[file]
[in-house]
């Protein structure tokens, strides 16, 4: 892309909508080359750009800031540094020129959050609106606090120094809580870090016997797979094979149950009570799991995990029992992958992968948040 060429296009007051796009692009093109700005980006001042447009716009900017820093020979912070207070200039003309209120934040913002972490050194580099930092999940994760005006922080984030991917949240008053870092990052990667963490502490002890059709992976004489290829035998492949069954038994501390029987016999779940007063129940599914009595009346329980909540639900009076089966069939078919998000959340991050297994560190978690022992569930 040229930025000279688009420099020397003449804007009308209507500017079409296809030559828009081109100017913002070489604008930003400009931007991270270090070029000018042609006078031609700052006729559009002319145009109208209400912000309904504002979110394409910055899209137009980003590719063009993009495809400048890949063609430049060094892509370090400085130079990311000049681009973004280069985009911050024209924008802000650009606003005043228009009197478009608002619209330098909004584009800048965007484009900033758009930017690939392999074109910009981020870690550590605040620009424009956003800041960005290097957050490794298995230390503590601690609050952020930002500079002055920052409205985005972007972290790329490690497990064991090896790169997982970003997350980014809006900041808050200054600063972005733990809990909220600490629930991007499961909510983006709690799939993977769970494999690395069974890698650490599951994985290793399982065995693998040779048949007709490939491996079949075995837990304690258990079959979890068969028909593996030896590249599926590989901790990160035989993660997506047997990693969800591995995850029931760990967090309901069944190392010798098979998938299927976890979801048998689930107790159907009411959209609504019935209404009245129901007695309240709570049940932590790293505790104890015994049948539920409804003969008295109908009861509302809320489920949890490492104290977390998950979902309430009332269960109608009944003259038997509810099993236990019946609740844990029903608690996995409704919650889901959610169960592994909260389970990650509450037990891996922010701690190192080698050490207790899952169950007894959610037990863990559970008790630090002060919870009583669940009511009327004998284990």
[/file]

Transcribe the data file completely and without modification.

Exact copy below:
[in-house]
């Protein structure tokens, strides 16, 4: 892309909508080359750009800031540094020129959050609106606090120094809580870090016997797979094979149950009570799991995990029992992958992968948040 060429296009007051796009692009093109700005980006001042447009716009900017820093020979912070207070200039003309209120934040913002972490050194580099930092999940994760005006922080984030991917949240008053870092990052990667963490502490002890059709992976004489290829035998492949069954038994501390029987016999779940007063129940599914009595009346329980909540639900009076089966069939078919998000959340991050297994560190978690022992569930 040229930025000279688009420099020397003449804007009308209507500017079409296809030559828009081109100017913002070489604008930003400009931007991270270090070029000018042609006078031609700052006729559009002319145009109208209400912000309904504002979110394409910055899209137009980003590719063009993009495809400048890949063609430049060094892509370090400085130079990311000049681009973004280069985009911050024209924008802000650009606003005043228009009197478009608002619209330098909004584009800048965007484009900033758009930017690939392999074109910009981020870690550590605040620009424009956003800041960005290097957050490794298995230390503590601690609050952020930002500079002055920052409205985005972007972290790329490690497990064991090896790169997982970003997350980014809006900041808050200054600063972005733990809990909220600490629930991007499961909510983006709690799939993977769970494999690395069974890698650490599951994985290793399982065995693998040779048949007709490939491996079949075995837990304690258990079959979890068969028909593996030896590249599926590989901790990160035989993660997506047997990693969800591995995850029931760990967090309901069944190392010798098979998938299927976890979801048998689930107790159907009411959209609504019935209404009245129901007695309240709570049940932590790293505790104890015994049948539920409804003969008295109908009861509302809320489920949890490492104290977390998950979902309430009332269960109608009944003259038997509810099993236990019946609740844990029903608690996995409704919650889901959610169960592994909260389970990650509450037990891996922010701690190192080698050490207790899952169950007894959610037990863990559970008790630090002060919870009583669940009511009327004998284990």